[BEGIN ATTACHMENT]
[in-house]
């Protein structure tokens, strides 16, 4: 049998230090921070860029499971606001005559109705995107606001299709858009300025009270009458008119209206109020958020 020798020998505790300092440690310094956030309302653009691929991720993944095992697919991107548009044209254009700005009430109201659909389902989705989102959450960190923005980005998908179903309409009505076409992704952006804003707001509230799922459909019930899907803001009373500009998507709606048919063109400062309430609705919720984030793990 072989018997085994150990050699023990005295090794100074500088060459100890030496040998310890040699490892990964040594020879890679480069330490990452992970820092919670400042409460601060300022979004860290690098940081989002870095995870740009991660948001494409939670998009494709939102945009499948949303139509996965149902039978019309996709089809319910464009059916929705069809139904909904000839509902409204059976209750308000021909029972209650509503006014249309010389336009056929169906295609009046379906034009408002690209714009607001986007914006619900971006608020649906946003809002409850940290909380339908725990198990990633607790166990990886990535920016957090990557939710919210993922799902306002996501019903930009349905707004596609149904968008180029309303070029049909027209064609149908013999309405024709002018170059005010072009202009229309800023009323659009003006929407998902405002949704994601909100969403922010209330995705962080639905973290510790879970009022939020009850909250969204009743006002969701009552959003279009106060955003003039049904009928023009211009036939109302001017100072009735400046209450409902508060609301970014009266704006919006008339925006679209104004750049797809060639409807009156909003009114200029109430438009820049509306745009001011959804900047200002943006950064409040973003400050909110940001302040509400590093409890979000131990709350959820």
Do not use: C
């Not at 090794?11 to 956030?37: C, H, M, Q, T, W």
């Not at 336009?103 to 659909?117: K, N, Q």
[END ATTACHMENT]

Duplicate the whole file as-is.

[in-house]
């Protein structure tokens, strides 16, 4: 049998230090921070860029499971606001005559109705995107606001299709858009300025009270009458008119209206109020958020 020798020998505790300092440690310094956030309302653009691929991720993944095992697919991107548009044209254009700005009430109201659909389902989705989102959450960190923005980005998908179903309409009505076409992704952006804003707001509230799922459909019930899907803001009373500009998507709606048919063109400062309430609705919720984030793990 072989018997085994150990050699023990005295090794100074500088060459100890030496040998310890040699490892990964040594020879890679480069330490990452992970820092919670400042409460601060300022979004860290690098940081989002870095995870740009991660948001494409939670998009494709939102945009499948949303139509996965149902039978019309996709089809319910464009059916929705069809139904909904000839509902409204059976209750308000021909029972209650509503006014249309010389336009056929169906295609009046379906034009408002690209714009607001986007914006619900971006608020649906946003809002409850940290909380339908725990198990990633607790166990990886990535920016957090990557939710919210993922799902306002996501019903930009349905707004596609149904968008180029309303070029049909027209064609149908013999309405024709002018170059005010072009202009229309800023009323659009003006929407998902405002949704994601909100969403922010209330995705962080639905973290510790879970009022939020009850909250969204009743006002969701009552959003279009106060955003003039049904009928023009211009036939109302001017100072009735400046209450409902508060609301970014009266704006919006008339925006679209104004750049797809060639409807009156909003009114200029109430438009820049509306745009001011959804900047200002943006950064409040973003400050909110940001302040509400590093409890979000131990709350959820």
Do not use: C
């Not at 090794?11 to 956030?37: C, H, M, Q, T, W």
């Not at 336009?103 to 659909?117: K, N, Q």